“The palette in here complements the pastel dreamy colored paintings of the Cliffs of Dover, Amsterdam, and Waterloo Bridge,” says Andrea. The 1930s Italian sofa is covered in a luxurious silk velvet and is flanked by two important 40s Maison Jansen caned slipper chairs. Another objet d’art procured from their travels is the painted-tiles collage created by an apprentice to famed Cubist painter Henry Moore.
The result is a home that is brimming with personality, but also a place where you recognize that attention to detail and hard work has paid off. It took two years to install and complete the enclosed garden (safekeeping the plantings and chickens from predators) that features all kinds of vegetables as well as ornamental fruit trees, including cherries, peaches, apples, plums, and pears.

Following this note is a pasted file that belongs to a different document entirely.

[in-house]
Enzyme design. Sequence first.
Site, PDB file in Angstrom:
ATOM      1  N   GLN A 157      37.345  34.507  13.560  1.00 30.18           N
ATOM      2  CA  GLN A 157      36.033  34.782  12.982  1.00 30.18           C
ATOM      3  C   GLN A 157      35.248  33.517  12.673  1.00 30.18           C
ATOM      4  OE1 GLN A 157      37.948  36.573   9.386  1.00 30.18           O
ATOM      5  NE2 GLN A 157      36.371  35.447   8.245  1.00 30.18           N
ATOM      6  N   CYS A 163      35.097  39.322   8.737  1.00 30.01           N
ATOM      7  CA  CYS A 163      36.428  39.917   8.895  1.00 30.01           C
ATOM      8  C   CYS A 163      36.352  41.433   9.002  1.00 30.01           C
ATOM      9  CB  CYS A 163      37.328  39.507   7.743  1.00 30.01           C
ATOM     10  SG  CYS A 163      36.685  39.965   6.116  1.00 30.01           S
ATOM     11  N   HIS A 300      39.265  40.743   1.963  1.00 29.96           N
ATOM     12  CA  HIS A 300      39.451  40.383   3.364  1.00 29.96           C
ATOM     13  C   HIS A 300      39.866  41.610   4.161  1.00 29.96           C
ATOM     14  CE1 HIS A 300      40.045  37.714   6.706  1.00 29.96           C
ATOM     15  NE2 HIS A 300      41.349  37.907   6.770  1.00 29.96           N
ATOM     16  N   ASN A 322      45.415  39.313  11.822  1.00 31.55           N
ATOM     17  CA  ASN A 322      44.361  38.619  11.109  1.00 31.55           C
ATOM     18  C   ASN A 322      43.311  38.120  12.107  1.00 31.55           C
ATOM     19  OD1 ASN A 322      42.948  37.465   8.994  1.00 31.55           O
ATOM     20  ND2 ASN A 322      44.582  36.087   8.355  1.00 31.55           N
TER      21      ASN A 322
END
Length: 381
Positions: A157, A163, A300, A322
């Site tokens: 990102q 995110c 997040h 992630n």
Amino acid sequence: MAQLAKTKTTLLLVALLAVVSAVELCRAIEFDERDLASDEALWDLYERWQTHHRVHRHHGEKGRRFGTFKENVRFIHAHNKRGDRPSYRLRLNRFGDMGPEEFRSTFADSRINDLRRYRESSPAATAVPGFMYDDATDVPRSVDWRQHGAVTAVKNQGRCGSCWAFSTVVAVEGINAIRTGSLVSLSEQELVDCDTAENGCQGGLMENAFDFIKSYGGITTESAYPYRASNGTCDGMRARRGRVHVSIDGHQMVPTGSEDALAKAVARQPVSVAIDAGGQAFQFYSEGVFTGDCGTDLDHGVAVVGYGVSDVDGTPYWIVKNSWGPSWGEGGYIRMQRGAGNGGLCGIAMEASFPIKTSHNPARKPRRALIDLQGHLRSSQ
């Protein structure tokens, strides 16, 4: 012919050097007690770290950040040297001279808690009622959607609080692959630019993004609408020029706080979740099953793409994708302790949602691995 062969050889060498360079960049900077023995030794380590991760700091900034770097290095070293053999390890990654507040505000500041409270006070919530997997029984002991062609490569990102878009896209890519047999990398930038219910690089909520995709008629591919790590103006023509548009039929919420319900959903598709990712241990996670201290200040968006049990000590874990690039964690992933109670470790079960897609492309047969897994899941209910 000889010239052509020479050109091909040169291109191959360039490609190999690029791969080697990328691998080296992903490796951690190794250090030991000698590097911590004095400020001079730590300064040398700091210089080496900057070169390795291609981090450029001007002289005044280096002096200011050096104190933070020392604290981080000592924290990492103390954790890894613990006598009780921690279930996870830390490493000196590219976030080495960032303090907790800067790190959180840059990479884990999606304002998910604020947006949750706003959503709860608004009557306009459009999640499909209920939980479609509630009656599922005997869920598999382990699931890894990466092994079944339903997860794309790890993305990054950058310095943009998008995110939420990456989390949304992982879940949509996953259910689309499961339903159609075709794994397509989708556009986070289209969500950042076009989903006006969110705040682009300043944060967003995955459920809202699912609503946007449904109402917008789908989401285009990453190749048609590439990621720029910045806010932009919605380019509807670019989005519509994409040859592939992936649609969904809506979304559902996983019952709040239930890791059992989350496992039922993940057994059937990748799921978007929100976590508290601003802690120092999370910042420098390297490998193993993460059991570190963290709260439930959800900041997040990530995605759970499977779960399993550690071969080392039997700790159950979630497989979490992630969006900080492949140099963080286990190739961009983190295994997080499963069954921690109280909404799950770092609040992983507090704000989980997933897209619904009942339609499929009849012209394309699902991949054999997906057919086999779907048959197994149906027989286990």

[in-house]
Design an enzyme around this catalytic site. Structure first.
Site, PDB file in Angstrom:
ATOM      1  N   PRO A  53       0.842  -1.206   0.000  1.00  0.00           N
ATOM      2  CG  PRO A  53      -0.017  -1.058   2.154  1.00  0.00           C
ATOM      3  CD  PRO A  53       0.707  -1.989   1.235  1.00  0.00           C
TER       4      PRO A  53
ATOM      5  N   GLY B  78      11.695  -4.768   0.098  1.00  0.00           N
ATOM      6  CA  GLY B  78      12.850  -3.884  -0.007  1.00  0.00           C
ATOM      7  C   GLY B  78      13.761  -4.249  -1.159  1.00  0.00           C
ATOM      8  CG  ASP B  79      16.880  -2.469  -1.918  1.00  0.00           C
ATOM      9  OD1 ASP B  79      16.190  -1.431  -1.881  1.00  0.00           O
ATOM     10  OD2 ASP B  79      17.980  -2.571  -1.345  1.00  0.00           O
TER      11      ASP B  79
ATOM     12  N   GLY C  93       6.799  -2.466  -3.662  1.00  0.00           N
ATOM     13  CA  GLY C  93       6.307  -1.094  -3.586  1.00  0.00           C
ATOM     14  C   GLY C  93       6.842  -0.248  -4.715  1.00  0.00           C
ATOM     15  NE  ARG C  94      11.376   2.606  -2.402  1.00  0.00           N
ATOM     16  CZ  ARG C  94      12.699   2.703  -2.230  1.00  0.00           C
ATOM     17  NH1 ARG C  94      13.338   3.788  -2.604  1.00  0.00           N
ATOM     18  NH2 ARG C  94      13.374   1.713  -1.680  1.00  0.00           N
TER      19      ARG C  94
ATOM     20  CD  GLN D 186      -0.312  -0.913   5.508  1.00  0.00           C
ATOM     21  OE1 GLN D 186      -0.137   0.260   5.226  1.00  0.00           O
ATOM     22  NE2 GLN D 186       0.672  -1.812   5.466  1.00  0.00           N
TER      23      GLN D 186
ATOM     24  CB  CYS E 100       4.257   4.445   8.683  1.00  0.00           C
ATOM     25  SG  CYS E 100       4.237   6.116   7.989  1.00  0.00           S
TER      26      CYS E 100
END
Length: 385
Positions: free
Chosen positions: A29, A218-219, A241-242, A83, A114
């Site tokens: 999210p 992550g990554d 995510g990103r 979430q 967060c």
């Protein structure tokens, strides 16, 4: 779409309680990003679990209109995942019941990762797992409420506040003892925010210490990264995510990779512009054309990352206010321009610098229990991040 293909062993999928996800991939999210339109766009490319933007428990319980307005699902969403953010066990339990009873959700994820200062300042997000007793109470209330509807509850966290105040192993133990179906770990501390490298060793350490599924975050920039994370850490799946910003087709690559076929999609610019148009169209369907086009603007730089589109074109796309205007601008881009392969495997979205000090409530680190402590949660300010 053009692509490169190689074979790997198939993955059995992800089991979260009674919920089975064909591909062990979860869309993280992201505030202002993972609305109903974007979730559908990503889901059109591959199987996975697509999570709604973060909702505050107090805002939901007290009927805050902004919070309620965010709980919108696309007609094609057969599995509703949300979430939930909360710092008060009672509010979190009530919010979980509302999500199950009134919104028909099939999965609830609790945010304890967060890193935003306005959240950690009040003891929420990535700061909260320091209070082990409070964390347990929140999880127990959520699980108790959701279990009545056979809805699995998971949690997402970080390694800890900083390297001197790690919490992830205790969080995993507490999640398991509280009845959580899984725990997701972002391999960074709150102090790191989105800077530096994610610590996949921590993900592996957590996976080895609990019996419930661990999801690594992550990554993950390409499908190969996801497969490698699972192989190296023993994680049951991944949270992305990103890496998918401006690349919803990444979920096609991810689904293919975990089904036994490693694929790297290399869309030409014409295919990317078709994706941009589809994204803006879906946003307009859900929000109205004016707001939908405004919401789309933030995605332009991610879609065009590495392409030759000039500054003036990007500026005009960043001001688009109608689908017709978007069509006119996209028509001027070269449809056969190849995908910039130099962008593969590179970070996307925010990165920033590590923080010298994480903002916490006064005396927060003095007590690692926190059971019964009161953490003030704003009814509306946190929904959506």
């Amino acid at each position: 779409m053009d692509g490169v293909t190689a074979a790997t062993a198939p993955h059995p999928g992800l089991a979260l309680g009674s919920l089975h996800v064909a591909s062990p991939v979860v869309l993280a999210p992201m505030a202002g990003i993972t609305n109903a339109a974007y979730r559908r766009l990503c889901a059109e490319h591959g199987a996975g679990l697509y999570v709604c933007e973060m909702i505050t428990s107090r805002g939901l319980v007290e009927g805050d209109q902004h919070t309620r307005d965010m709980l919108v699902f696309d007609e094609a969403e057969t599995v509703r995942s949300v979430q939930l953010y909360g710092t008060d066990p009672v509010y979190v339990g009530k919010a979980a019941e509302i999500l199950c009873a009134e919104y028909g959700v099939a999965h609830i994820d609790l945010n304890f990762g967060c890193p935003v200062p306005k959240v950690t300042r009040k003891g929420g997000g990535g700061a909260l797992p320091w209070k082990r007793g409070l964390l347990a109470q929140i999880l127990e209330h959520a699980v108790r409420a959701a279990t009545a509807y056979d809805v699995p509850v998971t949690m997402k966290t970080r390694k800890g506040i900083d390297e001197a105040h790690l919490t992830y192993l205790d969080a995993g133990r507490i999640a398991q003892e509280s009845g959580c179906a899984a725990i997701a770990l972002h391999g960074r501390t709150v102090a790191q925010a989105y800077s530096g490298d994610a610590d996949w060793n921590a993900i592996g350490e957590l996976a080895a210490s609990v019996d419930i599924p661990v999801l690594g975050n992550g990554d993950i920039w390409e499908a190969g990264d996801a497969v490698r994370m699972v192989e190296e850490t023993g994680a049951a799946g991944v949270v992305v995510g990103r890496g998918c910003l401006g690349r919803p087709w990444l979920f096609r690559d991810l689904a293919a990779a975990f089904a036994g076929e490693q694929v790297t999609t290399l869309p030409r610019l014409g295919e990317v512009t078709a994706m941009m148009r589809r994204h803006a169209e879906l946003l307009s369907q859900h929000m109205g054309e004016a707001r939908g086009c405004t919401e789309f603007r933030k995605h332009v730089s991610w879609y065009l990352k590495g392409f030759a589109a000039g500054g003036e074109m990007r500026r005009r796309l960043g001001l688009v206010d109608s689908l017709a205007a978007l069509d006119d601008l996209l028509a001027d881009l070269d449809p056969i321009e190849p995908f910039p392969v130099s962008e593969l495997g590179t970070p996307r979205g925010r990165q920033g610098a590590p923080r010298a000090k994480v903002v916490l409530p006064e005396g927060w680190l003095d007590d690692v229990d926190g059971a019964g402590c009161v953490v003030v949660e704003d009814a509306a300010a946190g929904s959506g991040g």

A flock of hens with whimsical names like Bubble, Squeak, Cadbury, and Yolk-o Ono, give the family copious eggs and free-range around the yard, mingling with the family’s other pets: Frank, Beans, and Merwin the cat. Dotting the property on nearly every corner are vignettes of greenery and flowers, and little seating areas that offer pretty views—from the corner of the old slate patio overlooking the stream and footbridge, to the zinc dining table under the pergola, which is resplendent with wisteria each spring. It is a home that brings joy in all seasons—inside and out.